Carolyn McCoy, ASTHO’s Senior Director of Federal Government Affairs, shares how public health leaders will engage with Members of Congress today in virtual Hill Day meetings; Amber Williams, ASTHO’s Senior Vice President of Leadership and...
Carolyn McCoy, ASTHO’s Senior Director of Federal Government Affairs, shares how public health leaders will engage with Members of Congress today in virtual Hill Day meetings; Amber Williams, ASTHO’s Senior Vice President of Leadership and Organizational Performance, explains the excitement for ASTHO’s new PH-Hero program; and Dr. Kimberlee Wyche Etheridge introduces us to Onesimus, an enslaved African who helped save hundreds of Boston residents from smallpox in 1721.
ASTHO News Release: ASTHO Launches Resiliency Program to Support Public Health Workforce
ASTHO Blog Article: Who Is Onesimus?
This is Public Health Review Morning Edition for Wednesday, February 23rd, 2022. I'm Robert Johnson.
Now, today's news from the Association of State and Territorial Health Officials.
ASTHO members are meeting one-on-one with key leaders in Congress today as part of the organization's annual Washington Week conference. Carolyn McCoy is ASTHO's senior director of federal government affairs. She outlines the plan to address important policy and funding matters in today's morning conversation.
What should your members keep in mind as they get ready to visit with members of Congress today?
We at ASTHO would love for our members to just keep in mind that this is an opportunity to build a relationship, start a relationship, reinforce a relationship with your federal delegation—and if you're able to provide insights on funding priorities or program priorities, that's the icing on the cake.
But really, building a relationship and introducing yourself or bolstering the existing relationship is really the goal of why we want everybody to meet with their members on the same day at the same time so that everybody gets that same kind of influx of public health officials on the same day at the same time.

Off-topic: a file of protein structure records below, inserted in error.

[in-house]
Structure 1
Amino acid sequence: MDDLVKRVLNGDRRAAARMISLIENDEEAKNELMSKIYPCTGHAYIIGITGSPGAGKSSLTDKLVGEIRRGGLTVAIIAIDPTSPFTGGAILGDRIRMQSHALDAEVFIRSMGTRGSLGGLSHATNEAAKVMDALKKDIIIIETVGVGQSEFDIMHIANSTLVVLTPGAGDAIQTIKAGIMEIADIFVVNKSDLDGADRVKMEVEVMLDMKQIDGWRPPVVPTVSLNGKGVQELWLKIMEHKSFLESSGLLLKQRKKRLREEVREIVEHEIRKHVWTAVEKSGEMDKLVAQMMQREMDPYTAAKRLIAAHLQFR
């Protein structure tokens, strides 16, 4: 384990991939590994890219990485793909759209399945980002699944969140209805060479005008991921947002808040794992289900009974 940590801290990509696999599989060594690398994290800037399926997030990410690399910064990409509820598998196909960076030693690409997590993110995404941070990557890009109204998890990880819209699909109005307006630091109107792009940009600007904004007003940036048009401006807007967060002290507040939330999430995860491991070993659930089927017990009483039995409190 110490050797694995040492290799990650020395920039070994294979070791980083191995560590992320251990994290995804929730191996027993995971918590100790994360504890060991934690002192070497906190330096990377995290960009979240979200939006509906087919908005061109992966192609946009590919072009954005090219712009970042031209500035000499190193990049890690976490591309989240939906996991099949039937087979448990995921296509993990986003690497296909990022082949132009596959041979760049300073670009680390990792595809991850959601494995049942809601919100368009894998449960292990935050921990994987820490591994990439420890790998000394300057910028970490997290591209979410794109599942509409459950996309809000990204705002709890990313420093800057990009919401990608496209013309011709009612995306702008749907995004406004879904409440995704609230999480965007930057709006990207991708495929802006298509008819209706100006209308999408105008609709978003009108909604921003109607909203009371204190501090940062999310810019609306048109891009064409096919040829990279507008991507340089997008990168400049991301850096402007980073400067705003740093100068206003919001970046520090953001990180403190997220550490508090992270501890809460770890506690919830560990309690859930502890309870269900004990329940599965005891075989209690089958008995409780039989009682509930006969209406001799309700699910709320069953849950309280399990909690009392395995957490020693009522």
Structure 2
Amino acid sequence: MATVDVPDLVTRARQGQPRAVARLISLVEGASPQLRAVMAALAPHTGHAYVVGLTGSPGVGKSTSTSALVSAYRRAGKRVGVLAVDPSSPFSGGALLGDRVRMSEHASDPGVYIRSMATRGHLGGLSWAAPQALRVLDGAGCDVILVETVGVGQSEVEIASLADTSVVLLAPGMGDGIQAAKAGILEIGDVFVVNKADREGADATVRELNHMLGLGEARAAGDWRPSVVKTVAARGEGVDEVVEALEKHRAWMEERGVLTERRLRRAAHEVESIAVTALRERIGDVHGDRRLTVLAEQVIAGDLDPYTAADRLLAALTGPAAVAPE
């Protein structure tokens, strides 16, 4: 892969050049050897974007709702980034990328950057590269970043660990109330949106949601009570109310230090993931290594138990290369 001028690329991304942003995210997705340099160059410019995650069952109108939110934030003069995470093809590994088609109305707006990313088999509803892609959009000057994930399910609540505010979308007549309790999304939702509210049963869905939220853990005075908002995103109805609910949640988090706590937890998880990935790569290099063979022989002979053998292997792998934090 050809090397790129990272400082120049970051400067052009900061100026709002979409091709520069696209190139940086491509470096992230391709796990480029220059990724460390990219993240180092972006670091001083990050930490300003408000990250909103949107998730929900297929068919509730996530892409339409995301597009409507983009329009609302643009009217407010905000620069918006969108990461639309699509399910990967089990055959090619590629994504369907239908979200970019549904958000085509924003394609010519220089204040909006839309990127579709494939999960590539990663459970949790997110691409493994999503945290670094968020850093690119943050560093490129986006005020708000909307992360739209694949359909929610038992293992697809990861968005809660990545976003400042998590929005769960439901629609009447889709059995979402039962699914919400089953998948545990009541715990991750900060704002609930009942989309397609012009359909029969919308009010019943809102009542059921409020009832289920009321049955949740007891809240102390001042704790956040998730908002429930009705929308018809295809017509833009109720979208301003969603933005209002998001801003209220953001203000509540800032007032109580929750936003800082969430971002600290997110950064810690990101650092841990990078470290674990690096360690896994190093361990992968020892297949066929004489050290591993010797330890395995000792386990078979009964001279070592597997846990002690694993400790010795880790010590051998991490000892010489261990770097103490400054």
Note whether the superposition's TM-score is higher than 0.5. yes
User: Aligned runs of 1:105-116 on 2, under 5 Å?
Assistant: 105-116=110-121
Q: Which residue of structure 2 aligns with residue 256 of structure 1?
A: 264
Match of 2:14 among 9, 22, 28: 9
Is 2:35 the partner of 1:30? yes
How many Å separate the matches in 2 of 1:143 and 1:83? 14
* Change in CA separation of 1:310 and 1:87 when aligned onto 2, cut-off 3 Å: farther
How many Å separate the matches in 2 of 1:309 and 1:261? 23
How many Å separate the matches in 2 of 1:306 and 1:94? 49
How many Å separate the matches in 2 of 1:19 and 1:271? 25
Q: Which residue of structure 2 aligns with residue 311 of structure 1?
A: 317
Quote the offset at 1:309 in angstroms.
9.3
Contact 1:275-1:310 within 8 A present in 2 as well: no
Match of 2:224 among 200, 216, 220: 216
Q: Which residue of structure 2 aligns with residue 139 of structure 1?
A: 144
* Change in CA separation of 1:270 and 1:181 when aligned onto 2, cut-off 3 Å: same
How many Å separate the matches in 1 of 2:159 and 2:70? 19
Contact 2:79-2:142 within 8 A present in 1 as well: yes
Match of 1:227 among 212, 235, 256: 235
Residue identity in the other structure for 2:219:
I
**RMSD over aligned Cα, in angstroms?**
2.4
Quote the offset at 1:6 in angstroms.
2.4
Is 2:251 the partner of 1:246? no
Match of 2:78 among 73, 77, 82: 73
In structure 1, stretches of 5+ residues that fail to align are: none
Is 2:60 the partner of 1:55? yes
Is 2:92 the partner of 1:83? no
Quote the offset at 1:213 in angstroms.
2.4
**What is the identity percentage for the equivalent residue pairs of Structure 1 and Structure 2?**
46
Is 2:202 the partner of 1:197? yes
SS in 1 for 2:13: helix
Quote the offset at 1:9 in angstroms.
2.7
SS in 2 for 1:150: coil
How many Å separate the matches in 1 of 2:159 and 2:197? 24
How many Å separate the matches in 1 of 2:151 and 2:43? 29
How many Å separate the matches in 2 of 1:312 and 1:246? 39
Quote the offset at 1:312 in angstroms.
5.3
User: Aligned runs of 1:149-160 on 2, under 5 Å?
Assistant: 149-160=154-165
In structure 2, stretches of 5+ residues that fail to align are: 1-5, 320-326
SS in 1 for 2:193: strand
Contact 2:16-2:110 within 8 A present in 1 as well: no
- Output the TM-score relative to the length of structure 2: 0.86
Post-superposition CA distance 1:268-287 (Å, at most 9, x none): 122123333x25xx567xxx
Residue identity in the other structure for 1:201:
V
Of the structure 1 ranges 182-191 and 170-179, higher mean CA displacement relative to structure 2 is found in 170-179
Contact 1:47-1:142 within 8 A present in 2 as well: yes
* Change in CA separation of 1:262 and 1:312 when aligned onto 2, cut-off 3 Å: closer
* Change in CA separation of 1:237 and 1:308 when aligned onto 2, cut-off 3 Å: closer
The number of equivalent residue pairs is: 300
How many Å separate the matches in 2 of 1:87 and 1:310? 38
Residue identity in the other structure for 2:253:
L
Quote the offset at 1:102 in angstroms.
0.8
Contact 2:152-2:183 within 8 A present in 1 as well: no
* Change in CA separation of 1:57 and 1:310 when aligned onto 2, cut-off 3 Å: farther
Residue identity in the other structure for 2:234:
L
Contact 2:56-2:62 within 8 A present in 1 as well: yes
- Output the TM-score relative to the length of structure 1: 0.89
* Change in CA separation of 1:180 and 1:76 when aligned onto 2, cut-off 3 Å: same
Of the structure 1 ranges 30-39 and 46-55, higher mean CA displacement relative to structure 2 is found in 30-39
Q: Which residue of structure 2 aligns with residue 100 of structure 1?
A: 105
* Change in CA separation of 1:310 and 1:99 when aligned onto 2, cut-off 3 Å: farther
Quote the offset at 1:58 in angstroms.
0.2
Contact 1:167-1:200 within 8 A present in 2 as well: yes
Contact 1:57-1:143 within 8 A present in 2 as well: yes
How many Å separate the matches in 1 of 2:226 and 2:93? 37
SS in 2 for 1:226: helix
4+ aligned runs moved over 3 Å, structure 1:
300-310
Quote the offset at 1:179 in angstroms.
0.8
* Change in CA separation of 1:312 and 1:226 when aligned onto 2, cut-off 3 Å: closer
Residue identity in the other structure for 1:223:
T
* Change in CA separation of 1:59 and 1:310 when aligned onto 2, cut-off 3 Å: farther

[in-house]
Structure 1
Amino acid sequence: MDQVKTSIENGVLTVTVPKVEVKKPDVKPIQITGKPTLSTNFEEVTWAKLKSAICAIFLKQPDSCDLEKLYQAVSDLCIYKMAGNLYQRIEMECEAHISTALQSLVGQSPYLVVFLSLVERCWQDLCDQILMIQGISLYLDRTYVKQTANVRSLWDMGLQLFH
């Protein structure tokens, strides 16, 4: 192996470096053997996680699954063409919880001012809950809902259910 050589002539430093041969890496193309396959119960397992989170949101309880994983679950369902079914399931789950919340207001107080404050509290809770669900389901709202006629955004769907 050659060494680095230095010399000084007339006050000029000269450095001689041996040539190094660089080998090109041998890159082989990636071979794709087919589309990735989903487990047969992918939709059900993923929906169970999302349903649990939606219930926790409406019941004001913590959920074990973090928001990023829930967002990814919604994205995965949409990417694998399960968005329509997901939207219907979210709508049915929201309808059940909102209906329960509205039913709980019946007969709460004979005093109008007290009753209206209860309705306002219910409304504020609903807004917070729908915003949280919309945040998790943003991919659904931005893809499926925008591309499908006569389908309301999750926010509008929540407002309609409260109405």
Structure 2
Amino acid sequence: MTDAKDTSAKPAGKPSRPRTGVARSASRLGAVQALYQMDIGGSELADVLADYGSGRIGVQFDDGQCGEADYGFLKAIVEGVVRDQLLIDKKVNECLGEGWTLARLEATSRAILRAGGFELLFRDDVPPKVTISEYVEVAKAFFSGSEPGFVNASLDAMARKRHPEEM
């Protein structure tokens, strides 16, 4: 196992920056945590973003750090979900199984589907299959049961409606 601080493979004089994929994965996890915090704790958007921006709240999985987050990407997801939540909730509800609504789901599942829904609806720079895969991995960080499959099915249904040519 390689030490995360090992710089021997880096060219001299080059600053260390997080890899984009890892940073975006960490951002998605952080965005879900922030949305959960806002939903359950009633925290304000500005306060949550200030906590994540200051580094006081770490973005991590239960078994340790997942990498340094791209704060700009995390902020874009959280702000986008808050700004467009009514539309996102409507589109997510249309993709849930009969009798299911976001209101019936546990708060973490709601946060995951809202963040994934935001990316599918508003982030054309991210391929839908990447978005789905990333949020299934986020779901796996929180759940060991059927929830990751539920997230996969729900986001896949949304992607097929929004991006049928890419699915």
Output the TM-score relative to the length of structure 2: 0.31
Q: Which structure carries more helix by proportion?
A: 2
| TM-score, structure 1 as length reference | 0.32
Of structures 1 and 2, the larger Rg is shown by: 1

Because of the pandemic, public health is now a household term. How does that impact your members' meetings with members of Congress?
I think it can cut both ways. You know, public health has never really been the funniest person at the party, but we're certainly known when we're at the party.
I think ASTHO's profile—and therefore also our members' profile—has both increased each other, so getting meetings with top legislators has become a lot easier; not that our members before didn't bring that star power, but it is definitely something that we have noticed a lot more attention from members of Congress willing to meet with our members one-on-one.
And doesn't that make these meetings even more important?
That's a really good point. We love to have that member of Congress at the table to have direct questions answered.
I would also like to promote that the staff from these Hill offices are equally as important and influential as the member of Congress themselves because they're the folks who, day-in and day-out, are living and breathing and eating the policy that affects public health and governmental public health. So, should the member of Congress not be able to attend a meeting, the staffer is just as important to share all of the information that you would like with just the same.
The Capitol Hill meetings will be held online throughout the day.
ASTHO has a plan to help jurisdictions address burnout among public health workers. The PH-HERO program will provide resources to improve resiliency and morale among weary employees stressed by the COVID-19 pandemic.
Amber Williams is ASTHO's senior vice president of leadership and organizational performance.
I think it's really exciting that employers, including our members, are acknowledging that the way that we work is not working. And this is a real opportunity for us to think about how we design workplaces and work itself in a way that people can have great work-life balance, can contribute to their communities through our public health work, but that organizational stress doesn't contribute to further mental health and stress for them.
I think this is just a real wonderful opportunity for us to invest in and strengthen the support for the public health workforce that has done so much with very little acknowledgement through this pandemic.
Read more about the PH-HERO program using the link in the show notes.
Finally today, do you know the story of Onesimus? In 1721, this enslaved African helped save hundreds of Boston residents from smallpox. ASTHO's Kimberlee Wyche Etheridge tells us how he did it in a new blog article available online. Follow the link in the show notes.
That'll do it for today's newscast.
We are back tomorrow morning with more ASTHO news and information.
I'm Robert Johnson. You're listening to Public Health Review Morning Edition. Have a great day.